I was recently given the opportunity to review a nonfiction book by Caitlin Sockin, Dig It! Archaeology for Kids. The title is scheduled for release on April 25, 2023, but you can pre-order it now. The recommended reading age window is 10-16, and I feel like that’s absolutely on target. If you teach or parent children in grades 4 and up who have shown the slightest interest in archaeology, this 100 page book will become an indispensable resource for them. Of course, history, geology, and art play big roles in the study of archaeology, so devotees to those topics will also find many rewards when reading this book.
Writing nonfiction for kids is an especially challenging task as the author needs to develop a format that will deliver facts while maintaining the reader’s engagement throughout the book. Sockin achieves this by perfectly blending photographs and illustrations with fascinating information that will intrigue even well-read amateur archaeologists. Thoughtfully broken into bite-sized pieces, the material in Dig It! combines details of the work of archaeologists with tantalizing examples of some of the most famous archaeological sites discovered around the world. Readers can digest the book in small sections, or devour it from cover to cover in one session. Unlike a dry textbook, Dig It! is equally rich with both information and entertainment.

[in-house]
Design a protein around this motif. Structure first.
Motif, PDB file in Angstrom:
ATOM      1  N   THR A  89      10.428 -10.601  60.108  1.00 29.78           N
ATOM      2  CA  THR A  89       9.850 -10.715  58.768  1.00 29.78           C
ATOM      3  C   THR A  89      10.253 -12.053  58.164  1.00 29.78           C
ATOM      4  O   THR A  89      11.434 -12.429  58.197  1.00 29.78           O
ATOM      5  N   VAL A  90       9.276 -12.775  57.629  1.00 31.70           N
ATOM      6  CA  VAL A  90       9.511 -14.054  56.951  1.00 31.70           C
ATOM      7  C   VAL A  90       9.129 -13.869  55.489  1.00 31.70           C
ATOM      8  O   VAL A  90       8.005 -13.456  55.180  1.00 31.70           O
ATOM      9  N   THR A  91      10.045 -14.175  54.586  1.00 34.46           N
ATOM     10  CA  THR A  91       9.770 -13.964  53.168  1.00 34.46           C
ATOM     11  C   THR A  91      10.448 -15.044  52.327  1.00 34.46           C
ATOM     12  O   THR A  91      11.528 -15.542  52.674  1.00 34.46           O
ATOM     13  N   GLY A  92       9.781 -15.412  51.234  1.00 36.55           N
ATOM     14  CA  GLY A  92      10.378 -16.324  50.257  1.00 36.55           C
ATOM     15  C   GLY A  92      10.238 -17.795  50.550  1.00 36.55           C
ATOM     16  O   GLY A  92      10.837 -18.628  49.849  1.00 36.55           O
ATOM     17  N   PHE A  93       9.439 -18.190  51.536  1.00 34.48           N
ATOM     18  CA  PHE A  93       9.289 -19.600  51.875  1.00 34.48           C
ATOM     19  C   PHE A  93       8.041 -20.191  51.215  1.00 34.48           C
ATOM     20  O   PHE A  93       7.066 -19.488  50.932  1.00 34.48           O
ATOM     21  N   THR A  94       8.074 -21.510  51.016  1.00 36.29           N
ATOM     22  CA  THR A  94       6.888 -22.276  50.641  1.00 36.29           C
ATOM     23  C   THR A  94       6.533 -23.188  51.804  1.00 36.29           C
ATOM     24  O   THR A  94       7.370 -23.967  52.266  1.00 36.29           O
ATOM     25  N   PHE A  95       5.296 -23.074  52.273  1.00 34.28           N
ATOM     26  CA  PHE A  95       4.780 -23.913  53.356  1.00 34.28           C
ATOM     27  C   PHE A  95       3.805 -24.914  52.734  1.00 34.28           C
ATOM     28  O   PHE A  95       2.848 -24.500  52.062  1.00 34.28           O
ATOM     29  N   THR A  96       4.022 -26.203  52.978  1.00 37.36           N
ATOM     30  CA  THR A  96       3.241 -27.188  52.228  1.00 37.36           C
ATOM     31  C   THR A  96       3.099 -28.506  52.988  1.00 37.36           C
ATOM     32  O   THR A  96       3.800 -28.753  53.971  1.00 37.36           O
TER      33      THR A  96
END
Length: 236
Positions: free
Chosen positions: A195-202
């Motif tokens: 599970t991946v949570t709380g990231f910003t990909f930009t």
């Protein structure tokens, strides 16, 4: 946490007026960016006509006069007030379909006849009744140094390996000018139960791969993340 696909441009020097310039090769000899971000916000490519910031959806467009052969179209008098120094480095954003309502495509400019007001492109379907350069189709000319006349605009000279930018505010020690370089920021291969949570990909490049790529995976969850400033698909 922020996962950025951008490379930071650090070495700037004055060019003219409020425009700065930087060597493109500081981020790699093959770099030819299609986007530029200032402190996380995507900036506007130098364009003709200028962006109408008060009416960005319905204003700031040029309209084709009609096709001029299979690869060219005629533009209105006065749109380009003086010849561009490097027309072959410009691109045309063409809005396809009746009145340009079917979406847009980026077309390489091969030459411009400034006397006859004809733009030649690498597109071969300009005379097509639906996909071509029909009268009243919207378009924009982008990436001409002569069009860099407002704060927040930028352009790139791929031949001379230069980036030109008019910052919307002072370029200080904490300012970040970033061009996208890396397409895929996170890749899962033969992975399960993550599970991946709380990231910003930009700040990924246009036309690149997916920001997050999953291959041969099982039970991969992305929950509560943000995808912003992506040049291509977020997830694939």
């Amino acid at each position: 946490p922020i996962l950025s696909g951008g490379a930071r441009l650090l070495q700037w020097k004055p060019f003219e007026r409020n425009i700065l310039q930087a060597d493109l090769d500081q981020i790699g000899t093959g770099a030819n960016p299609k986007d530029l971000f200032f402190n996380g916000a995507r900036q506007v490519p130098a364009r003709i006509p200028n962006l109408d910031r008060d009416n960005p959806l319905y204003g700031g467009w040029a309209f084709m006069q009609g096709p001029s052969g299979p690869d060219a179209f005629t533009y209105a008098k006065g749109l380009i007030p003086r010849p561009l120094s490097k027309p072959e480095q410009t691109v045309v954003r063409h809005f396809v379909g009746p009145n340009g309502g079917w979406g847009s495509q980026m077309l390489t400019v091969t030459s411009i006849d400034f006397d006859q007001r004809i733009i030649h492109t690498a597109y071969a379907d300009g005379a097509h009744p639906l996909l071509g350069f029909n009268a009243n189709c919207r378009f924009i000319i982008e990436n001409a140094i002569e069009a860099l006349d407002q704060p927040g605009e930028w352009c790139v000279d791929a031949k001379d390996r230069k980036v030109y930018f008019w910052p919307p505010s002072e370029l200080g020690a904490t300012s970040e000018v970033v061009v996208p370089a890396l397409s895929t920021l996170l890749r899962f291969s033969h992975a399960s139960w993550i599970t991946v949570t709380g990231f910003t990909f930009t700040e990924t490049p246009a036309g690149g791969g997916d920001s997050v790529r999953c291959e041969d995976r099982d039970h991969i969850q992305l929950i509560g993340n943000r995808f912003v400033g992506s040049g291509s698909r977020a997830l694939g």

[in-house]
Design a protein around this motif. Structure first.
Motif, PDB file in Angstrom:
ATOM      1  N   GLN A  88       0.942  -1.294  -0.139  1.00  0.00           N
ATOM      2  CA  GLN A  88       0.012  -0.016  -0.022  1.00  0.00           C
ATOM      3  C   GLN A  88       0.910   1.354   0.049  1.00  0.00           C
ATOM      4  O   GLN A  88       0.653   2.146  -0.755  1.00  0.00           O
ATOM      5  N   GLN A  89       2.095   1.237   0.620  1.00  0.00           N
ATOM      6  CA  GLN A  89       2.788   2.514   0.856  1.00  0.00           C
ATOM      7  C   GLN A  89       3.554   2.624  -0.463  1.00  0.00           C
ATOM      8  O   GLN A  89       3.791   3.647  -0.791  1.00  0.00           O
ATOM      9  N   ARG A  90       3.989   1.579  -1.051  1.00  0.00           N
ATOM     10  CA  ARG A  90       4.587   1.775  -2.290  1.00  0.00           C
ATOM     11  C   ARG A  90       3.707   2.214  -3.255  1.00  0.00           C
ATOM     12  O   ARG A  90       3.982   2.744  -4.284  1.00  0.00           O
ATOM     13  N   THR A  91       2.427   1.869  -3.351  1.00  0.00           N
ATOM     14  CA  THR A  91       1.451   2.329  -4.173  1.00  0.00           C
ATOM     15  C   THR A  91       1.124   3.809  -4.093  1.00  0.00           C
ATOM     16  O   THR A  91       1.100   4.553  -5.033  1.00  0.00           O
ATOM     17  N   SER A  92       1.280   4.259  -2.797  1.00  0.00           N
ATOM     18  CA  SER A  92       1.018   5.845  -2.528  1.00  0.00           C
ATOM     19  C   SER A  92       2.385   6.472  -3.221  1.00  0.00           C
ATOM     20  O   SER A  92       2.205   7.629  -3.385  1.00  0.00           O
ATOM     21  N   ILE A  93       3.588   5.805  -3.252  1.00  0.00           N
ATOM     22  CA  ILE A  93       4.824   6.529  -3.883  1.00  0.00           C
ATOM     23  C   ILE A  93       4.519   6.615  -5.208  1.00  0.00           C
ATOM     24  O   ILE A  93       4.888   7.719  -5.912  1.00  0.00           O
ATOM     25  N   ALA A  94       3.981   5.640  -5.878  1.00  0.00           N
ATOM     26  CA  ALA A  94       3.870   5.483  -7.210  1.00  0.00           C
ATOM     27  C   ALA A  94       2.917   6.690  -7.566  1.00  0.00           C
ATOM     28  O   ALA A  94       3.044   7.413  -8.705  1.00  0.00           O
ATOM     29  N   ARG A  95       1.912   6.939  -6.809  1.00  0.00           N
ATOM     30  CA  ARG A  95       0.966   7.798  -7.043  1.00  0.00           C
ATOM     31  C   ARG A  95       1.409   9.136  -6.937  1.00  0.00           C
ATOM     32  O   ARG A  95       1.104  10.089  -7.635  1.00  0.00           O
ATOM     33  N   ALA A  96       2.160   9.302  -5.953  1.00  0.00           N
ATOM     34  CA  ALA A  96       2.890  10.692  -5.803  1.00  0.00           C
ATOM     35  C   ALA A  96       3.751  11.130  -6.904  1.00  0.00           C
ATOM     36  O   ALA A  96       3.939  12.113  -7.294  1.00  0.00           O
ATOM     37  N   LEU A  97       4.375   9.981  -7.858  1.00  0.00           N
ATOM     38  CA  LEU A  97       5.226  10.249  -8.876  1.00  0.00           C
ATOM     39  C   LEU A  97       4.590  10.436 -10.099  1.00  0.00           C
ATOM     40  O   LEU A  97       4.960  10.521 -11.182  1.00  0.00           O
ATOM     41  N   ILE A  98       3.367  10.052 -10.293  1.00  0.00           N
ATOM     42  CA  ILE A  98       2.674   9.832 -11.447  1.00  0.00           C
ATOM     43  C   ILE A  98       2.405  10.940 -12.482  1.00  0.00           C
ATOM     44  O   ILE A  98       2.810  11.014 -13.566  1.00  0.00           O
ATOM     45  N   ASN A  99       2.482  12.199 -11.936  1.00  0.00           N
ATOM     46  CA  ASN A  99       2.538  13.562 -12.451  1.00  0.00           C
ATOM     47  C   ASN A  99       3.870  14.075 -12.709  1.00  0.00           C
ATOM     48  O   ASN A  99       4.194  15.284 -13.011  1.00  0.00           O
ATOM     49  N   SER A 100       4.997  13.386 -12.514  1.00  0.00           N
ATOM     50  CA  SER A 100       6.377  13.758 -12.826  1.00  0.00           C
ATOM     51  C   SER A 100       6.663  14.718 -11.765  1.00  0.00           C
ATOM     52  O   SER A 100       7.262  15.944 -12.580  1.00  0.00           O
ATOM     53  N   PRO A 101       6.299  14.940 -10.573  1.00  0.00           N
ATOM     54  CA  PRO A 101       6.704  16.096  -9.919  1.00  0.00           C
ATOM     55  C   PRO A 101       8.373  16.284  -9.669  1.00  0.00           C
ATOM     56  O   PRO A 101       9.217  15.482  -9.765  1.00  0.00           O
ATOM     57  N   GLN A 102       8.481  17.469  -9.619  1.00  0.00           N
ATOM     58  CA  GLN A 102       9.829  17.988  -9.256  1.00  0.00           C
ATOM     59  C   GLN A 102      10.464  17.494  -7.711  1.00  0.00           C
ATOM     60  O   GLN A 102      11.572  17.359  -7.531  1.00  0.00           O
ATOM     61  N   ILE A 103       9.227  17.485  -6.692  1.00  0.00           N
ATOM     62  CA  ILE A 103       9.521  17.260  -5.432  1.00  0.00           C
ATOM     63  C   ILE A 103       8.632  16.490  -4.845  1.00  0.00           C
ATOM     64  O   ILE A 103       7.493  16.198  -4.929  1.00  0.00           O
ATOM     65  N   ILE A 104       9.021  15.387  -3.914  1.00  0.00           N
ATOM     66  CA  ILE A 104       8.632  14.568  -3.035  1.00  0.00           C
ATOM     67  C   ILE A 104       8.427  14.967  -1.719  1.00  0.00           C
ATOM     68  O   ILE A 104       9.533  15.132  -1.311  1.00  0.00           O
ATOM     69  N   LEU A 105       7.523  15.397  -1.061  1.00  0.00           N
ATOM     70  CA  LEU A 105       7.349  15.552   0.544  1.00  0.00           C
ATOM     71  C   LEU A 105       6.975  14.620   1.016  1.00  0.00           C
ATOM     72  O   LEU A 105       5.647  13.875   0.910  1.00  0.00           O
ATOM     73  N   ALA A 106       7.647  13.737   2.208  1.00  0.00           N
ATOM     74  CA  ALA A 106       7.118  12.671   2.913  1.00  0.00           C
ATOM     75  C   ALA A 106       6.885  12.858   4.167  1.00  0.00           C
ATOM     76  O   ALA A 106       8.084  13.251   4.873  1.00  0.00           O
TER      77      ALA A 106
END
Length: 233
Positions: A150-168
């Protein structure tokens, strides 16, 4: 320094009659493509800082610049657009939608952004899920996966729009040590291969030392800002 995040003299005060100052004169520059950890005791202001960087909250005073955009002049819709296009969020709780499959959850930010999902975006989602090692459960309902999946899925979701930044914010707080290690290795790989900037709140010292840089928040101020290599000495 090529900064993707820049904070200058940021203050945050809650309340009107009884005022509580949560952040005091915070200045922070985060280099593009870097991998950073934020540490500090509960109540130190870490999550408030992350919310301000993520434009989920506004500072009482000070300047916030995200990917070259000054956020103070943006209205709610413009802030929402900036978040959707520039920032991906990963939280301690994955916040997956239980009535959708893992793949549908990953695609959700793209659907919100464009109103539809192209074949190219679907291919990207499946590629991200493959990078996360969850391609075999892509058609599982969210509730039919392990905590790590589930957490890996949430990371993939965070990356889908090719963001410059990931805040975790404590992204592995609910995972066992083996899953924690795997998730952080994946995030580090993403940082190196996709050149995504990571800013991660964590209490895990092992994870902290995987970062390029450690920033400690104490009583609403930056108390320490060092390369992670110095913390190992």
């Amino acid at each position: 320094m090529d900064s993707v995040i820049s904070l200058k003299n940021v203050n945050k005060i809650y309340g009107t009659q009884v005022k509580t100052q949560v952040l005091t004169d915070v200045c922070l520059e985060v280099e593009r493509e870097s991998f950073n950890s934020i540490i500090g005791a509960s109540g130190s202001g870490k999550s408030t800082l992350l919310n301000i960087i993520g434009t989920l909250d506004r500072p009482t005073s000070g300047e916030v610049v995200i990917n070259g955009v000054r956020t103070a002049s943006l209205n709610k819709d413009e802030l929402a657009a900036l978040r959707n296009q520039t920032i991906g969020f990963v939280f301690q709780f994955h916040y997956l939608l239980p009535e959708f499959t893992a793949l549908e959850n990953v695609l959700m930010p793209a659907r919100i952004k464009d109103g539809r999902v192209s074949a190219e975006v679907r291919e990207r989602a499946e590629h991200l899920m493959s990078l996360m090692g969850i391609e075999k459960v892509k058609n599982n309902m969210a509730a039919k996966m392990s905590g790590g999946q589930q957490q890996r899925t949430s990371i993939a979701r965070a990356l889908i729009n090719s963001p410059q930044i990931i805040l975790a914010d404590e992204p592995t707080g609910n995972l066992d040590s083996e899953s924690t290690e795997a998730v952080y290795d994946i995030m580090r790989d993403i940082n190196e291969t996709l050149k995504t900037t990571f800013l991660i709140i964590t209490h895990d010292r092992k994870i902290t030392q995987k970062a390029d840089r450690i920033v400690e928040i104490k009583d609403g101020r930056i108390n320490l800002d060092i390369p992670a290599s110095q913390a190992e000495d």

Although 10-16 year olds may be the ideal readers of Dig It!, I think adults will also find the book absorbing. Though I’m not an expert on archaeology by any means, I approached reading the sample with the idea that a children’s book about the subject would not teach me many new things — and was delighted to find out that I was wrong. For example, I had no idea that there is a Woodhenge in England in addition to Stonehenge, or that the clues that archaeologists look for include artifacts, features, and ecofacts. (By the way, Dig It! does a good job of explaining new terms in layman’s language on the pages the words first appear, and also has an excellent glossary at the end.)
Throughout the book you will find questions that prompt curiosity and QR codes that can be scanned to visit interactive websites related to archaeology. In addition, there are recommended additional resources that can be done in school or at home, such as science experiments, models, and games. I like the sections that suggest career options for people interested in archaeology and outline why archaeology is important so that readers can envision how something they might currently view as a hobby can actually transform into a meaningful career for them.
How do you get children to enthusiastically read nonfiction books about dusty relics of the past? Ask Caitlin Sockin, because in Dig It! she has cracked the code.